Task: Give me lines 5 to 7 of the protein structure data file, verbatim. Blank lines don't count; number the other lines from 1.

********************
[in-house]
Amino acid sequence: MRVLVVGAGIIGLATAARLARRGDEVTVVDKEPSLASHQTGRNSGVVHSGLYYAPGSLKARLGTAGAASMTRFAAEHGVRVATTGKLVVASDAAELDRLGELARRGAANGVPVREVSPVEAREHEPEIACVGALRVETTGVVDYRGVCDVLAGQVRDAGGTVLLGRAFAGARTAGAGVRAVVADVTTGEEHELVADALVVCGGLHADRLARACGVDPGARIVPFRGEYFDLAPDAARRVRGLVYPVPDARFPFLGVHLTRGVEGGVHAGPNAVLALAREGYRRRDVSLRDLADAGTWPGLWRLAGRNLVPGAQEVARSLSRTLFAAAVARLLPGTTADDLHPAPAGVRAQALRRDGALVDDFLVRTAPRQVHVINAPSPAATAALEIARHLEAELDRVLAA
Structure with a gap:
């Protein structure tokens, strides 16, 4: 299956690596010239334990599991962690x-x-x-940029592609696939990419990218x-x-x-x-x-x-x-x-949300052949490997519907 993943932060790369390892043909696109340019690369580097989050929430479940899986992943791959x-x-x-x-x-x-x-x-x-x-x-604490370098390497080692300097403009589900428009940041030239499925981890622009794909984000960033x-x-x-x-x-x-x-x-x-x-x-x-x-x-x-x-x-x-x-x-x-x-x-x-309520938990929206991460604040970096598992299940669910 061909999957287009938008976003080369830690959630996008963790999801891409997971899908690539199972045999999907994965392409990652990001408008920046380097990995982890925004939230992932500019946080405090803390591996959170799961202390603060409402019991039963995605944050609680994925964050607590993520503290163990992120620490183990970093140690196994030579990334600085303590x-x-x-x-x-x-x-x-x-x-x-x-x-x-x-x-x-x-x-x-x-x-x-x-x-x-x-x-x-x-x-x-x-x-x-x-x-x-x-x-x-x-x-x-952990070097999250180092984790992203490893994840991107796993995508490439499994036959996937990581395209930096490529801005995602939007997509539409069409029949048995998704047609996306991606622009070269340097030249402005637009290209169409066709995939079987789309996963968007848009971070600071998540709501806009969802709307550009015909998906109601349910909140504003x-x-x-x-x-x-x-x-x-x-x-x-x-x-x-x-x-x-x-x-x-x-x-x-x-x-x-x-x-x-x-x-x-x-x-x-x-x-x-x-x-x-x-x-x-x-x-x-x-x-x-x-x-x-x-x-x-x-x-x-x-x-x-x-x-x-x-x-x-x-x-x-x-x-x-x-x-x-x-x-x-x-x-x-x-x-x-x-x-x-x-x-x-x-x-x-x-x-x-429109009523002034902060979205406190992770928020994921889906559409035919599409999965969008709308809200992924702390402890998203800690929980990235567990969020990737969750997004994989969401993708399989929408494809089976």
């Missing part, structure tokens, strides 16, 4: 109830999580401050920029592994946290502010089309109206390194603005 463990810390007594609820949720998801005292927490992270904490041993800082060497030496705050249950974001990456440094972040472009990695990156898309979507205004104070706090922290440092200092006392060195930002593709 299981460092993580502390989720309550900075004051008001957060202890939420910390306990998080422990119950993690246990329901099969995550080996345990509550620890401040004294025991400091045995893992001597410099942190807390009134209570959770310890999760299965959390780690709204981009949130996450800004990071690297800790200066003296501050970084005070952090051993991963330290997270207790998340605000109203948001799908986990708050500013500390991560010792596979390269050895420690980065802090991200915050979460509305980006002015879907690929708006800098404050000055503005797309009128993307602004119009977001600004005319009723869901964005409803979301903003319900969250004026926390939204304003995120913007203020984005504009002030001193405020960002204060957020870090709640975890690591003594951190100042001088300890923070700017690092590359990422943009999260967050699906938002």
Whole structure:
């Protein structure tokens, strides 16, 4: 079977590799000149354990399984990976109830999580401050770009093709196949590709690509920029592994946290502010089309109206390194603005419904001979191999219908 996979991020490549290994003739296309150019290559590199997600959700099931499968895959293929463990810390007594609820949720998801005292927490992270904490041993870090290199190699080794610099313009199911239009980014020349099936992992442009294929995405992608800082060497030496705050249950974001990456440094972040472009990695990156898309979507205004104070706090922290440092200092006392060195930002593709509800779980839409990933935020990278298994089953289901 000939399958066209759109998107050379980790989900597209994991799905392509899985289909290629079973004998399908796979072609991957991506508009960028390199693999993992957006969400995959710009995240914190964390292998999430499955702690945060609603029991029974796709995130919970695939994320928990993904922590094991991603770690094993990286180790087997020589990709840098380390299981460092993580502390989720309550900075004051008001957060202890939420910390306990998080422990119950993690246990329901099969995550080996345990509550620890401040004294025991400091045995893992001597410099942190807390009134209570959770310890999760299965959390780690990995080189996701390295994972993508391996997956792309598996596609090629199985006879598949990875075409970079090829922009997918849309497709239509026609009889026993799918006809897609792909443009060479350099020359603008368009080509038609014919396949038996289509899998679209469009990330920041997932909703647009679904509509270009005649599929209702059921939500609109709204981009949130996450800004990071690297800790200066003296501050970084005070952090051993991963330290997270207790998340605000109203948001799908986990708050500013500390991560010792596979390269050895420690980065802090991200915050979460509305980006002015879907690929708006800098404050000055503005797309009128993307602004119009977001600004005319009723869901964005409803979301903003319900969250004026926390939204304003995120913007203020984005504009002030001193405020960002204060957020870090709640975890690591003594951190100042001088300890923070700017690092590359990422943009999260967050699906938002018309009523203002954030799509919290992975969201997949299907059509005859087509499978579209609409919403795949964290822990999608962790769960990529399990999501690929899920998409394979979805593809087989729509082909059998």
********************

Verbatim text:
């Missing part, structure tokens, strides 16, 4: 109830999580401050920029592994946290502010089309109206390194603005 463990810390007594609820949720998801005292927490992270904490041993800082060497030496705050249950974001990456440094972040472009990695990156898309979507205004104070706090922290440092200092006392060195930002593709 299981460092993580502390989720309550900075004051008001957060202890939420910390306990998080422990119950993690246990329901099969995550080996345990509550620890401040004294025991400091045995893992001597410099942190807390009134209570959770310890999760299965959390780690709204981009949130996450800004990071690297800790200066003296501050970084005070952090051993991963330290997270207790998340605000109203948001799908986990708050500013500390991560010792596979390269050895420690980065802090991200915050979460509305980006002015879907690929708006800098404050000055503005797309009128993307602004119009977001600004005319009723869901964005409803979301903003319900969250004026926390939204304003995120913007203020984005504009002030001193405020960002204060957020870090709640975890690591003594951190100042001088300890923070700017690092590359990422943009999260967050699906938002």
Whole structure:
């Protein structure tokens, strides 16, 4: 079977590799000149354990399984990976109830999580401050770009093709196949590709690509920029592994946290502010089309109206390194603005419904001979191999219908 996979991020490549290994003739296309150019290559590199997600959700099931499968895959293929463990810390007594609820949720998801005292927490992270904490041993870090290199190699080794610099313009199911239009980014020349099936992992442009294929995405992608800082060497030496705050249950974001990456440094972040472009990695990156898309979507205004104070706090922290440092200092006392060195930002593709509800779980839409990933935020990278298994089953289901 000939399958066209759109998107050379980790989900597209994991799905392509899985289909290629079973004998399908796979072609991957991506508009960028390199693999993992957006969400995959710009995240914190964390292998999430499955702690945060609603029991029974796709995130919970695939994320928990993904922590094991991603770690094993990286180790087997020589990709840098380390299981460092993580502390989720309550900075004051008001957060202890939420910390306990998080422990119950993690246990329901099969995550080996345990509550620890401040004294025991400091045995893992001597410099942190807390009134209570959770310890999760299965959390780690990995080189996701390295994972993508391996997956792309598996596609090629199985006879598949990875075409970079090829922009997918849309497709239509026609009889026993799918006809897609792909443009060479350099020359603008368009080509038609014919396949038996289509899998679209469009990330920041997932909703647009679904509509270009005649599929209702059921939500609109709204981009949130996450800004990071690297800790200066003296501050970084005070952090051993991963330290997270207790998340605000109203948001799908986990708050500013500390991560010792596979390269050895420690980065802090991200915050979460509305980006002015879907690929708006800098404050000055503005797309009128993307602004119009977001600004005319009723869901964005409803979301903003319900969250004026926390939204304003995120913007203020984005504009002030001193405020960002204060957020870090709640975890690591003594951190100042001088300890923070700017690092590359990422943009999260967050699906938002018309009523203002954030799509919290992975969201997949299907059509005859087509499978579209609409919403795949964290822990999608962790769960990529399990999501690929899920998409394979979805593809087989729509082909059998």